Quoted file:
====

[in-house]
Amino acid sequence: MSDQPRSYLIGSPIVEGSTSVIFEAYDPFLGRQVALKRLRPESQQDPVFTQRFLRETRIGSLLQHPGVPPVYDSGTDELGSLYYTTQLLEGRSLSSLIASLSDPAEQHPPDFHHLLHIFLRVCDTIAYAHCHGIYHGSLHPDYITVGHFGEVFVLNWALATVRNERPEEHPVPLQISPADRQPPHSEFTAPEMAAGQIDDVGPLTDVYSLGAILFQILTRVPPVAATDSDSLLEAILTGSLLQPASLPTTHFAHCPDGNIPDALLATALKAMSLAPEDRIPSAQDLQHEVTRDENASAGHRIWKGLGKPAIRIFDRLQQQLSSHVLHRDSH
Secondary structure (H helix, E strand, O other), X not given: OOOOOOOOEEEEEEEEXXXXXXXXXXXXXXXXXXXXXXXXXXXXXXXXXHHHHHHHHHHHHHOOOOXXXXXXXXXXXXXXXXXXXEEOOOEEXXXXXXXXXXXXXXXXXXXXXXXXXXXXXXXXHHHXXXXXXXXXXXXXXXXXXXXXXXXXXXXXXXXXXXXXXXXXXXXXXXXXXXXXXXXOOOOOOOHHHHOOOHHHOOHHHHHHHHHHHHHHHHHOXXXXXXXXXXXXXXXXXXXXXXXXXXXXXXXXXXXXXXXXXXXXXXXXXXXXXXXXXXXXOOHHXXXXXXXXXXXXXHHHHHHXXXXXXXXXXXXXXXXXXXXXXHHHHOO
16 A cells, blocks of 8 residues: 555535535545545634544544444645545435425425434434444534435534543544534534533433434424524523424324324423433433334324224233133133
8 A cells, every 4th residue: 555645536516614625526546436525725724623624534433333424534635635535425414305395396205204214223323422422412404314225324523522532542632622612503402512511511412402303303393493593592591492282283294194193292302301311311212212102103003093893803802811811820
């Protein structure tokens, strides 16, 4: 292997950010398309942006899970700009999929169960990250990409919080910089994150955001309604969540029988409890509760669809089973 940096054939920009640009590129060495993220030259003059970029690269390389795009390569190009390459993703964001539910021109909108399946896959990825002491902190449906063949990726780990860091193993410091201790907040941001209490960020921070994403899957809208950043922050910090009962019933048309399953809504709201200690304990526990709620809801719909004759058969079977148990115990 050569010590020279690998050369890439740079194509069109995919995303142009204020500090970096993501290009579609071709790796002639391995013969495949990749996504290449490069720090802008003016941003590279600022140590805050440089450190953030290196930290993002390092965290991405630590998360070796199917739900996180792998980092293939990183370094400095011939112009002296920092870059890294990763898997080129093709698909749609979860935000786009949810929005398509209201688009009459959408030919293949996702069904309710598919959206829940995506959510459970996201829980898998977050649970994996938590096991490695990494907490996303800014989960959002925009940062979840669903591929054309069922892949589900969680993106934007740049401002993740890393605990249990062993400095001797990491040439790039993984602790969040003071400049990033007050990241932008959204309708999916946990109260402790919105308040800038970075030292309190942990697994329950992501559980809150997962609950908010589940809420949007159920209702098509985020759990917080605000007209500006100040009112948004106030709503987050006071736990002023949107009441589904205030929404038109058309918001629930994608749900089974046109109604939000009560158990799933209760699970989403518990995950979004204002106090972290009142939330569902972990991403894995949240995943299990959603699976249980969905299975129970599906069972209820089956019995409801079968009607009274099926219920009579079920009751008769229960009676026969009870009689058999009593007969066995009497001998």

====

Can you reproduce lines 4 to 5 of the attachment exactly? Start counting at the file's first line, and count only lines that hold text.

16 A cells, blocks of 8 residues: 555535535545545634544544444645545435425425434434444534435534543544534534533433434424524523424324324423433433334324224233133133
8 A cells, every 4th residue: 555645536516614625526546436525725724623624534433333424534635635535425414305395396205204214223323422422412404314225324523522532542632622612503402512511511412402303303393493593592591492282283294194193292302301311311212212102103003093893803802811811820